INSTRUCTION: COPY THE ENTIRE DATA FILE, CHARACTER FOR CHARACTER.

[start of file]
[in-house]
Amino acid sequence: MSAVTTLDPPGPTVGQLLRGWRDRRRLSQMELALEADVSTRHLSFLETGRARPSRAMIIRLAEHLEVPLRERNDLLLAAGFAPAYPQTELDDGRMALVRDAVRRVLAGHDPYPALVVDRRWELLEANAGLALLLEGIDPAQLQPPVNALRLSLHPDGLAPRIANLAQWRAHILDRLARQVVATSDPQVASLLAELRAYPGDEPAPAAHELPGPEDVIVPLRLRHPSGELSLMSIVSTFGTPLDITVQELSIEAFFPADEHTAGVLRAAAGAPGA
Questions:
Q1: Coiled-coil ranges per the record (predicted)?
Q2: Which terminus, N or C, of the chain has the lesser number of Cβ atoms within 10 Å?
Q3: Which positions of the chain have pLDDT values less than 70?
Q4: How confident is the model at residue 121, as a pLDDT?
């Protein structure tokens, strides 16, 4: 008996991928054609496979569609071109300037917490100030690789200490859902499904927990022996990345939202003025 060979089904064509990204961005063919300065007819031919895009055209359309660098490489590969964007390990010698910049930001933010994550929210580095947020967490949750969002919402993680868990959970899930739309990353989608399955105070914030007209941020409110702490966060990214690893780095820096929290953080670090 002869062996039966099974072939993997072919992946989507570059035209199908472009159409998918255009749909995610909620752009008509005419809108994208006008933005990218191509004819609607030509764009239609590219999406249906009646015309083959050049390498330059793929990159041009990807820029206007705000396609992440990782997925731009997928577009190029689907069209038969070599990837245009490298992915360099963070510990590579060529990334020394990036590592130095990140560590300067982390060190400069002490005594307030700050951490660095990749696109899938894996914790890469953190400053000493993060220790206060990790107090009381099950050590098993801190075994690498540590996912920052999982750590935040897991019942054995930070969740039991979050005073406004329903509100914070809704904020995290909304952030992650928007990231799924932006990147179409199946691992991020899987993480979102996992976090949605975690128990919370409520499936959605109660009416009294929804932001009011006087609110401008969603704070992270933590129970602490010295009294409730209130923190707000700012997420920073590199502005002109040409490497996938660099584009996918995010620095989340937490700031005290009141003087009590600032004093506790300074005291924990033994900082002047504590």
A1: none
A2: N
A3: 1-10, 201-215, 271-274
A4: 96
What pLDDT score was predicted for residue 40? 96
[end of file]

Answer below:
[in-house]
Amino acid sequence: MSAVTTLDPPGPTVGQLLRGWRDRRRLSQMELALEADVSTRHLSFLETGRARPSRAMIIRLAEHLEVPLRERNDLLLAAGFAPAYPQTELDDGRMALVRDAVRRVLAGHDPYPALVVDRRWELLEANAGLALLLEGIDPAQLQPPVNALRLSLHPDGLAPRIANLAQWRAHILDRLARQVVATSDPQVASLLAELRAYPGDEPAPAAHELPGPEDVIVPLRLRHPSGELSLMSIVSTFGTPLDITVQELSIEAFFPADEHTAGVLRAAAGAPGA
Questions:
Q1: Coiled-coil ranges per the record (predicted)?
Q2: Which terminus, N or C, of the chain has the lesser number of Cβ atoms within 10 Å?
Q3: Which positions of the chain have pLDDT values less than 70?
Q4: How confident is the model at residue 121, as a pLDDT?
């Protein structure tokens, strides 16, 4: 008996991928054609496979569609071109300037917490100030690789200490859902499904927990022996990345939202003025 060979089904064509990204961005063919300065007819031919895009055209359309660098490489590969964007390990010698910049930001933010994550929210580095947020967490949750969002919402993680868990959970899930739309990353989608399955105070914030007209941020409110702490966060990214690893780095820096929290953080670090 002869062996039966099974072939993997072919992946989507570059035209199908472009159409998918255009749909995610909620752009008509005419809108994208006008933005990218191509004819609607030509764009239609590219999406249906009646015309083959050049390498330059793929990159041009990807820029206007705000396609992440990782997925731009997928577009190029689907069209038969070599990837245009490298992915360099963070510990590579060529990334020394990036590592130095990140560590300067982390060190400069002490005594307030700050951490660095990749696109899938894996914790890469953190400053000493993060220790206060990790107090009381099950050590098993801190075994690498540590996912920052999982750590935040897991019942054995930070969740039991979050005073406004329903509100914070809704904020995290909304952030992650928007990231799924932006990147179409199946691992991020899987993480979102996992976090949605975690128990919370409520499936959605109660009416009294929804932001009011006087609110401008969603704070992270933590129970602490010295009294409730209130923190707000700012997420920073590199502005002109040409490497996938660099584009996918995010620095989340937490700031005290009141003087009590600032004093506790300074005291924990033994900082002047504590």
A1: none
A2: N
A3: 1-10, 201-215, 271-274
A4: 96
What pLDDT score was predicted for residue 40? 96